We know it’s been a difficult year for journalists and journalism. All the more reason we at the Earth Journalism Network are pleased to have selected six organizations across the Asia-Pacific region that will work to advance reporting on critical environmental issues in 2021.
The selection followed the most competitive year for EJN’s Asia-Pacific Media Grants to date, with more than 105 applications received from 21 different countries.
The applications also were reflective of a year that has been dominated by reporting on the Covid-19 pandemic and its impacts, and several of the projects that were awarded grants will include a focus on the intersection between the coronavirus and environmental challenges.
For example, the Cambodian organization South Eastern Globe Communications will be taking advantage of a recent boom in domestic tourism – motivated by restrictions on foreign travel – to create a series of articles that will draw connections between Cambodian food and culture and people’s impact on the ecosystems that Cambodian communities rely on.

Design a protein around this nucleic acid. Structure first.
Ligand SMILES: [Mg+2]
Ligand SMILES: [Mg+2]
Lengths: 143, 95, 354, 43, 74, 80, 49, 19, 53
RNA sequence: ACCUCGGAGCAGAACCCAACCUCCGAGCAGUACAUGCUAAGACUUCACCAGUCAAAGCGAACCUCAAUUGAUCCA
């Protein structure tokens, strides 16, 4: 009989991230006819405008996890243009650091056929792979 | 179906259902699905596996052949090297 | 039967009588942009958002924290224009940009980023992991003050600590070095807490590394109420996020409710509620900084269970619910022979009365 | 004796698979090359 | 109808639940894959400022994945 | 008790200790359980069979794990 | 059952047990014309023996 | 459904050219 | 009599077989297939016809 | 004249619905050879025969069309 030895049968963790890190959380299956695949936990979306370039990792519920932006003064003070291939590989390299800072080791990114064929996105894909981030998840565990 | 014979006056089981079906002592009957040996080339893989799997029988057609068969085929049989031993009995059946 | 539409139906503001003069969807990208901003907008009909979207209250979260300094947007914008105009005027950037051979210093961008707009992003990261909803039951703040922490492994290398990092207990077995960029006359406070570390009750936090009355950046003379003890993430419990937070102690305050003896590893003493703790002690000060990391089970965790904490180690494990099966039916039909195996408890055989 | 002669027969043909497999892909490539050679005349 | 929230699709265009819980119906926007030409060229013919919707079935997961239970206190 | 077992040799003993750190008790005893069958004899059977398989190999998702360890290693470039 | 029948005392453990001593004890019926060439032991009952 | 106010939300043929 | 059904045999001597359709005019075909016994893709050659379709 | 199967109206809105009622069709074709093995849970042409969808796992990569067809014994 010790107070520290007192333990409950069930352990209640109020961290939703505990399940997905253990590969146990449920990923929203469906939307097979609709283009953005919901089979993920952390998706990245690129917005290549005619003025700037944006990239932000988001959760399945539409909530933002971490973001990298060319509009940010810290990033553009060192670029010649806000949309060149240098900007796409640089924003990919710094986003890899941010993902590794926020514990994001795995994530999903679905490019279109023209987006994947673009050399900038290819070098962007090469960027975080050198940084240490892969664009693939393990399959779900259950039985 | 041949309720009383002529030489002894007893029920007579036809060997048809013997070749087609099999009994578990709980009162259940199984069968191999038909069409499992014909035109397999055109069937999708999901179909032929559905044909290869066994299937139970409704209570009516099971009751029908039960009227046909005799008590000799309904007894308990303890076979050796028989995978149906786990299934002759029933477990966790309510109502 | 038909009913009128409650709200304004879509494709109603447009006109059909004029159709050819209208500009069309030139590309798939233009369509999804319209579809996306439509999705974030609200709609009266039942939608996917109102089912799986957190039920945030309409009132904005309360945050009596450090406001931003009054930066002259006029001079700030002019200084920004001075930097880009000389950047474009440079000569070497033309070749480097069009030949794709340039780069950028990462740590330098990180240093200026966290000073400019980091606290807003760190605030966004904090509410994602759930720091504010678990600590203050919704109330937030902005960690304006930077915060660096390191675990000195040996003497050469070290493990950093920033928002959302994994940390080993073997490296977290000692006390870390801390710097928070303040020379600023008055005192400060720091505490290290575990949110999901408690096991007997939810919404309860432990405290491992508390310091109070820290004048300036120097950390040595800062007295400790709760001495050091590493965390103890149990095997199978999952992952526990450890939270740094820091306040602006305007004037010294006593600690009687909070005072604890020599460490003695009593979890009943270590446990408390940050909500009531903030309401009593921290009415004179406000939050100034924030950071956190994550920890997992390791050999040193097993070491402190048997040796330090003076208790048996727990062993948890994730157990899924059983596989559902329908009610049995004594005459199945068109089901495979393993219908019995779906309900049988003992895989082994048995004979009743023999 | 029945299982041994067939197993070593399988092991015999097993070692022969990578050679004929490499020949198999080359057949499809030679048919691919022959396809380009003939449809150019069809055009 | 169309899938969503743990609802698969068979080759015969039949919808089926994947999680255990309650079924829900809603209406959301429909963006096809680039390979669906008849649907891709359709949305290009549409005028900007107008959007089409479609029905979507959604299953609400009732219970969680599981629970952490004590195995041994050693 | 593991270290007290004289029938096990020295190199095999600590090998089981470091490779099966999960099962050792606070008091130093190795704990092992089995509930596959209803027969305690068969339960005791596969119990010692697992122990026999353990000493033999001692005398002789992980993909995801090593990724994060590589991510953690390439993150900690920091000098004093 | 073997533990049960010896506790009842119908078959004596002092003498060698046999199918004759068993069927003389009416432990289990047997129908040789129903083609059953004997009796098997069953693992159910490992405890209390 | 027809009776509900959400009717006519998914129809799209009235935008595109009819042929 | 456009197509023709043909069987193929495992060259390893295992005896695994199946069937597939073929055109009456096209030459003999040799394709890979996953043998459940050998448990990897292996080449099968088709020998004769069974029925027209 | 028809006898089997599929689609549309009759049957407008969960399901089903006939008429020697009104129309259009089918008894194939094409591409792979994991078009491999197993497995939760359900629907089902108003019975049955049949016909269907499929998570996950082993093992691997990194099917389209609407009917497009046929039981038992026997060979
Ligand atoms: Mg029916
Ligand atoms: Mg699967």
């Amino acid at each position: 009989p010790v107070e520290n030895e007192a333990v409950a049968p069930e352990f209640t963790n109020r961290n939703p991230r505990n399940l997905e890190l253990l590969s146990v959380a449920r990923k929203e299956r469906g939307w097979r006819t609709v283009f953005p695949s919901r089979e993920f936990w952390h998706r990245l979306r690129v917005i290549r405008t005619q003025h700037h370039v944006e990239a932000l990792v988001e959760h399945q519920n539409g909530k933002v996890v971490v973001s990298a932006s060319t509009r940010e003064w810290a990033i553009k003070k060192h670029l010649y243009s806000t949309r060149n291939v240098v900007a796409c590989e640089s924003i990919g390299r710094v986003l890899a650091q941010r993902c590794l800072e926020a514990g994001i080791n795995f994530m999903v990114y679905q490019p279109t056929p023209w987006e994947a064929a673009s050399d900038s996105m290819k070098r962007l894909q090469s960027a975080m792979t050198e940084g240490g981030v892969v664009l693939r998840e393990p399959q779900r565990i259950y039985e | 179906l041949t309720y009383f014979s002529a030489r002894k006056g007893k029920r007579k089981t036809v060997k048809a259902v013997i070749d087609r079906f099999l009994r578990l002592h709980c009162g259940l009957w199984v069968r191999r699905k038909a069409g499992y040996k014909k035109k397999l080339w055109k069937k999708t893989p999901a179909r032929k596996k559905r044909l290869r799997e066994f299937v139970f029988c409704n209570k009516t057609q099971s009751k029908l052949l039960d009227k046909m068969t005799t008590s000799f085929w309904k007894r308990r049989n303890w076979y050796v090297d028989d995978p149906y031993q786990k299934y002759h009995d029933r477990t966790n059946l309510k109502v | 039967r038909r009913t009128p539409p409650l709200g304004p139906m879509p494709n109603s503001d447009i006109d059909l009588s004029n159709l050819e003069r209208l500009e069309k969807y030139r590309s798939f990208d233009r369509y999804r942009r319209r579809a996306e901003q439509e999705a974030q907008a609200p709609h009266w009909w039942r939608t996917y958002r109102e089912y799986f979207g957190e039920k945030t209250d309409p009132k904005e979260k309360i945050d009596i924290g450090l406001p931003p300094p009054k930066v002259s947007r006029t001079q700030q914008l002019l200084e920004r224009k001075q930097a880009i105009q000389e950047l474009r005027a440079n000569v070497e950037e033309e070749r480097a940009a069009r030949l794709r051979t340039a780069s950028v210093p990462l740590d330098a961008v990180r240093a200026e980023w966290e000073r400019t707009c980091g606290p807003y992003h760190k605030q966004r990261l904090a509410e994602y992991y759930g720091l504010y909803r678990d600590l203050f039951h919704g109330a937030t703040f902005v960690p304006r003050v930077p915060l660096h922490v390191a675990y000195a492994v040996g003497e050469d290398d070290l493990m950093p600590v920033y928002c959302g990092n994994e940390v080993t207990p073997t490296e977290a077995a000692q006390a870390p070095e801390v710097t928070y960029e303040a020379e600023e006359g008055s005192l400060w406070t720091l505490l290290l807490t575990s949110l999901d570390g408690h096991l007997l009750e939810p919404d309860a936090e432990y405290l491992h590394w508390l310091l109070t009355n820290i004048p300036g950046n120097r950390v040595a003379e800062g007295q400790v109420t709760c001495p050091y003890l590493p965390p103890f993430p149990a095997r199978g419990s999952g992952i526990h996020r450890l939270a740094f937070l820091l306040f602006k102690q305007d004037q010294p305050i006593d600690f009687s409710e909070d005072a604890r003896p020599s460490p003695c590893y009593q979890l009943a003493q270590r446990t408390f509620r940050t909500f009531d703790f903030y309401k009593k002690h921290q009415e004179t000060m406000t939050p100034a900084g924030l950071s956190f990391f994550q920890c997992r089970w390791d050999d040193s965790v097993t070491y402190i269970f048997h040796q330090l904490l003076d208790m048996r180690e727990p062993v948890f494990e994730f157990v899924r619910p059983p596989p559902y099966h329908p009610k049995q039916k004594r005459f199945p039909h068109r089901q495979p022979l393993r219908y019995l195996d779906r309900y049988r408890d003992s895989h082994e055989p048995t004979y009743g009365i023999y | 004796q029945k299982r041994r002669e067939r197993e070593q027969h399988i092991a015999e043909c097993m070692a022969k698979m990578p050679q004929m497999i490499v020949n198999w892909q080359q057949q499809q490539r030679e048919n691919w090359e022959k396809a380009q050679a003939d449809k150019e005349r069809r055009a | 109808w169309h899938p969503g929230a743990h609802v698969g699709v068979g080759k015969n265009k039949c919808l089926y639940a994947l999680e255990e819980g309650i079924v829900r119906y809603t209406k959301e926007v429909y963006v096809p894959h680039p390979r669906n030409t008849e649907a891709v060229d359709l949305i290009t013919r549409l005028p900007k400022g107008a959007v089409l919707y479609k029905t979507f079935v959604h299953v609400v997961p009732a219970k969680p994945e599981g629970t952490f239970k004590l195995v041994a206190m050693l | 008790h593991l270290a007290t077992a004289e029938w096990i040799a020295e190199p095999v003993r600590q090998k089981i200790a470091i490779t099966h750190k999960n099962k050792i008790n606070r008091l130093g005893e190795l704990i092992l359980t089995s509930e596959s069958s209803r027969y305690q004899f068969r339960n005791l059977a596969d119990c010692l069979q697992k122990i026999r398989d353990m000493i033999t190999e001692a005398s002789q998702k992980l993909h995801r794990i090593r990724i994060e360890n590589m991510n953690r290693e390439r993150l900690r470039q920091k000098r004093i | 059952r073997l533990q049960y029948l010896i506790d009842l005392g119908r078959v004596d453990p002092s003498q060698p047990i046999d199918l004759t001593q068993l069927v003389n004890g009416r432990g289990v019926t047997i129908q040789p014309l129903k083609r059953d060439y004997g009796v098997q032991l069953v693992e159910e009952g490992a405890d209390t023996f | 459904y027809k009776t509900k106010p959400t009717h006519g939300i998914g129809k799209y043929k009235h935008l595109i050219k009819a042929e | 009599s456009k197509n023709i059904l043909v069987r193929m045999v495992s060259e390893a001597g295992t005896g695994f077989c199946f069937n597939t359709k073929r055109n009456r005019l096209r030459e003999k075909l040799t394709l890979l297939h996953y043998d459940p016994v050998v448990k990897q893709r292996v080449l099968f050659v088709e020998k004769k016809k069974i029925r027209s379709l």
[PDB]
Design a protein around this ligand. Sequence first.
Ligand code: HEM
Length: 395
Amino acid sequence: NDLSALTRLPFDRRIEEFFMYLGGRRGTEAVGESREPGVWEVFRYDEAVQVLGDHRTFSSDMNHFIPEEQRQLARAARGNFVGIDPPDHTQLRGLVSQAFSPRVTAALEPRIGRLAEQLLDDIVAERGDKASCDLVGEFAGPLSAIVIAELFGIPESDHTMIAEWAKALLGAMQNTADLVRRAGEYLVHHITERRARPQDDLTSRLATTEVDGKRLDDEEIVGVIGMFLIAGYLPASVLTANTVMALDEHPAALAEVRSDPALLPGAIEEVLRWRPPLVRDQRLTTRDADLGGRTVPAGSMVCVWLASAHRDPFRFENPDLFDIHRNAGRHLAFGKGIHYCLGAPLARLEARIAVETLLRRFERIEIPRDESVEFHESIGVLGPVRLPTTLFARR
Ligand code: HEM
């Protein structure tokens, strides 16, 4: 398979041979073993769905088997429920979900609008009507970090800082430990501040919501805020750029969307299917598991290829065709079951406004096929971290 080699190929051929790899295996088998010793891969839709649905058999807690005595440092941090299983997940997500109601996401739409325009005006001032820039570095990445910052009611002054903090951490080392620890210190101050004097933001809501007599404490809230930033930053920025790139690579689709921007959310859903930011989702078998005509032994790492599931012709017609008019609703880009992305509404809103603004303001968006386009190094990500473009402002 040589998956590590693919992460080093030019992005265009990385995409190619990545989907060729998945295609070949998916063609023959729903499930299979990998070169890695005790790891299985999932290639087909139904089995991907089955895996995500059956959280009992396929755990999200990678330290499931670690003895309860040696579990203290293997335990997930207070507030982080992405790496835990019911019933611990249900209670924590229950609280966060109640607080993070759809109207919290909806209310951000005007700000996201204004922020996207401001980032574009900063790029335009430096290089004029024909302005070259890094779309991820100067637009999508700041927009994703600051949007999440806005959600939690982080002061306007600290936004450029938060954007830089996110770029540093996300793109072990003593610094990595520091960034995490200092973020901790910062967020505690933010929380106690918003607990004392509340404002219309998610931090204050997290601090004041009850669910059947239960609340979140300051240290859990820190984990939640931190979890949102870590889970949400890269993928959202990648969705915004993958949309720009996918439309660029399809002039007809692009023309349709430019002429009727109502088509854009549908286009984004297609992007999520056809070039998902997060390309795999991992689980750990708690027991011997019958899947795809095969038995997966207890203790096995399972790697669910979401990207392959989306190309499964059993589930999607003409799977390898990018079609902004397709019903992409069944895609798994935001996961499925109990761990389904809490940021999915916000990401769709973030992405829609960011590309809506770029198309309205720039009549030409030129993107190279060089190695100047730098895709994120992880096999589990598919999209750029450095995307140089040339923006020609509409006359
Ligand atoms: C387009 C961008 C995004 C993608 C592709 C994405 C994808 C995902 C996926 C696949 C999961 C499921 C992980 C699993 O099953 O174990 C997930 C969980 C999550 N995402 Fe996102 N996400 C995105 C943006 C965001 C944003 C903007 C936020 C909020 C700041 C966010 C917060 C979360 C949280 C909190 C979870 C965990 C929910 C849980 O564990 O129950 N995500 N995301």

Another project in Indonesia will provide workshops for indigenous reporters in the remote Mentawai islands so they can more effectively cover local environmental issues, and in Bangladesh, the organization NextBlue will help reporters produce community-driven documentaries about water and climate change.
Our six selected grantees are as follows:
- Antenna Foundation Nepal, Nepal
- Center for Investigative Reporting, Sri Lanka
- NextBlue, Bangladesh
- South Eastern Globe Communications Ltd., Cambodia
- Yayasan Citra Mandiri Mentawai, Indonesia
- Asian Center for Journalism at the Ateneo de Manila University, Philippines
This will be the last round of media grantees as a part of our four-year Asia-Pacific project, and we have high hopes for a strong end to what has proven highly impactful work.